We held upon the prior appeal plaintiff's easement arose by prescription. Of course this is the law of the case which will be adhered to on this appeal. See Lawson v. Fordyce, 237 Iowa 28, 21 N.W.2d 69, and citations; 3 Am.Jur., Appeal and Error, sections 985, 994; 5 C.J.S., Appeal and Error, § 1821.

Incidentally plaintiff argued upon the former appeal her easement was created by prescription and now agrees with such holding. It is not contended the new evidence shows plaintiff's easement was not so created. An easement does not arise by prescription without adverse use for the *289 full prescriptive period. See Restatement, Property, Servitudes, section 457; 28 C.J.S., Easements, § 10; 17 Am.Jur., Easements, section 59. See also McAllister v. Pickup, 84 Iowa 65, 70, 50 N.W. 556; Kougl v. Curry, S.D., 44 N.W.2d 114, 118, 22 A.L.R. 2d 1039, 1045, 1046.

Our former opinion cites authorities for the proposition that the extent of an easement created by prescription is measured by the use through which it arose. So a right cannot be established by prescription which is materially larger than that enjoyed for the full prescriptive period and materially increases the burden upon the servient estate. It is unnecessary to quote from these authorities again or cite others to like effect. However, decisions which support the proposition we have stated include Drieth v. Dormer, 148 Neb. 422, 27 N.W.2d 843, 847; Burkman v. City of New Lisbon, 246 Wis. 547, 18 N.W.2d 4, 19 N.W.2d 311, 314; Romans v. Nadler, 217 Minn. 174, 14 N.W.2d 482, 486; Allen v. Neff, 102 W.Va. 220, 135 S.E. 2, 50 A.L.R. 1293, 1295; American Bank-Note Co. v. New York El. R. Co., 129 N.Y. 252, 29 N.E. 302, 305.

No authority to the contrary has come to our attention. Hopkins the Florist v. Fleming, 112 Vt. 389, 26 A.2d 96, 142 A.L.R. 463, 466, holds a prescriptive right to use a sewer pipe over adjoining premises continued after a house on the dominant premises had been converted into a twofamily tenement. However, the decision is placed on the ground "that no material increase of the burden upon the servient estate is made to appear. * * * So far as appears the use of the pipe for a two family tenement may be less than its former use." At page 391 of 112 Vt., at page 97 of 26 A.2d, at page 466 of 142 A.L.R. The opinion recognizes the rule "that the owner of an easement cannot materially increase the burden of it upon the servient estate, nor impose a new or additional burden thereon." At page 391 of 112 Vt., at page 97 of 26 A.2d, at page 466 of 142 A.L.R.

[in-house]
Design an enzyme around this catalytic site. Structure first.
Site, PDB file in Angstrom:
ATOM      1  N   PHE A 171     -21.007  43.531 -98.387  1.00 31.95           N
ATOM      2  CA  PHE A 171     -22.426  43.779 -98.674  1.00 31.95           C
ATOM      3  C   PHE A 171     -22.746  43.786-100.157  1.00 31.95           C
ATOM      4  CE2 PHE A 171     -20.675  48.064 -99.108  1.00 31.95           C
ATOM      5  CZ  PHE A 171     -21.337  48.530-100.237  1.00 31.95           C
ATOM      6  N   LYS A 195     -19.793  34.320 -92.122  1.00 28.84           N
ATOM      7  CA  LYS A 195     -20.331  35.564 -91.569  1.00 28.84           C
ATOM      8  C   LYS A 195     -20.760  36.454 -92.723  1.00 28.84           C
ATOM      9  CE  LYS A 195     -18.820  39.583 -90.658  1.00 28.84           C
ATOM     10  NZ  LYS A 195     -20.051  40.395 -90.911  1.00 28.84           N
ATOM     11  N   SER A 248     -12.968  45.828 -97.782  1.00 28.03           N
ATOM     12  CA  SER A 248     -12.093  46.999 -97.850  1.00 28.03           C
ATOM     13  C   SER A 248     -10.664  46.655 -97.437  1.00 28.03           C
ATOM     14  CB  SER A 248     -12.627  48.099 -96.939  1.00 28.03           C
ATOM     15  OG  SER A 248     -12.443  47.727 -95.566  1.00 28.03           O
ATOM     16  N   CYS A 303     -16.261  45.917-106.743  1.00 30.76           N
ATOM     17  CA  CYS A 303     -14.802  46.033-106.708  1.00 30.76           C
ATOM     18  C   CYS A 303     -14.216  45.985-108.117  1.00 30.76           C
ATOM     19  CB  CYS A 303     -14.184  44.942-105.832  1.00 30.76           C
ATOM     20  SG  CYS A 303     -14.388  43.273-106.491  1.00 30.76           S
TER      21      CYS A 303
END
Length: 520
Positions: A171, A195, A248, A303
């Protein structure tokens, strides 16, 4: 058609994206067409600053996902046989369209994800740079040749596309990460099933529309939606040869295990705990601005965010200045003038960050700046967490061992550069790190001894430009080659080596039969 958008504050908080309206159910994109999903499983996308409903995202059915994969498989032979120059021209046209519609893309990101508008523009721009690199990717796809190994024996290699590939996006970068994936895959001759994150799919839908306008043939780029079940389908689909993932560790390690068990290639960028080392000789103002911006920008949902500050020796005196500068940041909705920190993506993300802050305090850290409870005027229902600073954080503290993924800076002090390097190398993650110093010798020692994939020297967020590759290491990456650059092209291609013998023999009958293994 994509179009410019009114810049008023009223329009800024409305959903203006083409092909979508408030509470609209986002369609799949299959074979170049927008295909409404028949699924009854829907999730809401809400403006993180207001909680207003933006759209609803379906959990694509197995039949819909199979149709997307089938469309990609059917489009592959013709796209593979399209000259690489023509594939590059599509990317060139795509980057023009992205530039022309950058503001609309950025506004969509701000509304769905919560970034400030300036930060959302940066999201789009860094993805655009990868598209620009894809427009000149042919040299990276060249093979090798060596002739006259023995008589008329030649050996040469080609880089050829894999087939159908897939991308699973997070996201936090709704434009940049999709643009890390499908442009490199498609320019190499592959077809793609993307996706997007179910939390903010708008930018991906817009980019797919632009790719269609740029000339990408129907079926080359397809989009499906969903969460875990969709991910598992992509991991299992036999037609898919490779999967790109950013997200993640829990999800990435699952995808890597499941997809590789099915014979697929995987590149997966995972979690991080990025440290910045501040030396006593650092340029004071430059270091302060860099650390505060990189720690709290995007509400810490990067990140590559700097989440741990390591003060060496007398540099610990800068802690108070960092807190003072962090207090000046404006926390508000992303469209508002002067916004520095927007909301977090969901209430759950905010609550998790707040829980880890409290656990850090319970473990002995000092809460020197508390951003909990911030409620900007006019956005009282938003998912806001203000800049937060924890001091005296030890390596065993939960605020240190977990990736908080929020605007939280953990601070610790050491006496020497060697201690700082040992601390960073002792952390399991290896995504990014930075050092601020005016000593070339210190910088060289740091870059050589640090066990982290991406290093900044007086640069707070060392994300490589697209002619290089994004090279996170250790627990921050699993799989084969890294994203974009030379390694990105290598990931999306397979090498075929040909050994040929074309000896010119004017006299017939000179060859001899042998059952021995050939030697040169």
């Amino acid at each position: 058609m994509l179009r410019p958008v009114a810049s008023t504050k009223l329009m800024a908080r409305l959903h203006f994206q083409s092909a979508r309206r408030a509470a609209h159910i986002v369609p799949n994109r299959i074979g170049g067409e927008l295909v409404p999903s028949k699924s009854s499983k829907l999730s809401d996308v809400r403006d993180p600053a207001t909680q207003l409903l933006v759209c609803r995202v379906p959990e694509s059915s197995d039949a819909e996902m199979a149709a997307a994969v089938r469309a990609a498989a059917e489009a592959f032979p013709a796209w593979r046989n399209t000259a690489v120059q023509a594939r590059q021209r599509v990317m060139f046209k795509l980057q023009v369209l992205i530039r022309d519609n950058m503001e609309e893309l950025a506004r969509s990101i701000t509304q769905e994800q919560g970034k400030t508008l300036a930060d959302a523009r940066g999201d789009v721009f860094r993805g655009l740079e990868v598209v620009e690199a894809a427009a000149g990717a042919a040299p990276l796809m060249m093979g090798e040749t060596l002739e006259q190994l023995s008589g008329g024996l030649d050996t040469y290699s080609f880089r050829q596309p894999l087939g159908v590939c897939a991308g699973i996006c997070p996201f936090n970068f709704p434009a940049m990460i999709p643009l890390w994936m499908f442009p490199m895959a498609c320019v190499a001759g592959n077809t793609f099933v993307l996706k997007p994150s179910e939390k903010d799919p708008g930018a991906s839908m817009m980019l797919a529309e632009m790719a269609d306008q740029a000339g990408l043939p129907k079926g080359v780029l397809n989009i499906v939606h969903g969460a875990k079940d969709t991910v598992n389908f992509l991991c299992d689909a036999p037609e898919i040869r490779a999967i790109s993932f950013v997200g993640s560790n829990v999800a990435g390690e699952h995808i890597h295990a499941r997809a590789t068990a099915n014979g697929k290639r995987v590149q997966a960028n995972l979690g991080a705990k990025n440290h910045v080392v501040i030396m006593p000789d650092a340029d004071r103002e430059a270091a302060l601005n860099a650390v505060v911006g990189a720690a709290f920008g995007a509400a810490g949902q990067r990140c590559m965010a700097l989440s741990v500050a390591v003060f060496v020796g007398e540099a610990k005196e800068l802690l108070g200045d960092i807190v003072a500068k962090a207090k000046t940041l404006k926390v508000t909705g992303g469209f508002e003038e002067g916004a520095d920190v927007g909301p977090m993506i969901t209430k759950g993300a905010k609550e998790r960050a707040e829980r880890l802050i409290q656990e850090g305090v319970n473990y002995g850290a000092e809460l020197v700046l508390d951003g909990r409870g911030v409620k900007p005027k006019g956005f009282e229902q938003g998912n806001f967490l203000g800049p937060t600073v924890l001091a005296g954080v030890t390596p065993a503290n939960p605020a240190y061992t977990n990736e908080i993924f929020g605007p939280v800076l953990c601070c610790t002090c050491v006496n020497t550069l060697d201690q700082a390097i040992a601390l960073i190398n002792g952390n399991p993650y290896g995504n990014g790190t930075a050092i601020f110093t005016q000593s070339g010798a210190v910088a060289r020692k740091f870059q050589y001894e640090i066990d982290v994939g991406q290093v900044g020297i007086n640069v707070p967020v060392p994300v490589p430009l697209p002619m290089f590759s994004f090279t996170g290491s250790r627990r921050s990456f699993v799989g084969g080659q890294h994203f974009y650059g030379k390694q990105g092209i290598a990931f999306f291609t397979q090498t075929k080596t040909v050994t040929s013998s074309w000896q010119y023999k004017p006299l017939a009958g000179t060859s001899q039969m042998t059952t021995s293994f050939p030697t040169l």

The proposition above stated is conclusive against plaintiff's right to a new trial based on this newly discovered evidence. The drain in question was not used for sewage from the Miller property before 1949. The extent of plaintiff's easement is measured by the use of the drain prior thereto and no added use is justified which materially increases the burden upon defendants' farm. The newly discovered evidence has no bearing upon our holding the burden was so increased, which is also the law of the case.

It is true our opinion upon the prior appeal, in response to arguments as to what was originally contemplated, observes "There is no evidence Loren Johnston ever consented to or contemplated such an additional use of the sewer." [242 Iowa 885, 47 N.W.2d 155.] Consideration of the newly discovered evidence would render the quoted statement untrue but would not warrant a different decision from that previously reached. The decision is not based upon the quoted words.

We may assume, without so holding, Loren Johnston would be bound, perhaps on some theory of estoppel, by his oral consent in 1912 to such an added use of the sewer as was later made in 1949. But we see no sound basis for holding these defendants are bound by the latter's oral consent. Johnston parted with the farm in 1926 and defendants acquired it in 1941 subject to the prescriptive easement then established in favor of the Loughman property. See McKeon v. Brammer, 238 Iowa 1113, 1125, 29 N.W.2d 518, 525, 174 A.L.R. 1229, 1238, and Annotation 1240, 1244. As previously explained, the extent of that easement is measured by the use through which it arose.

Reversed.

All Justices concur.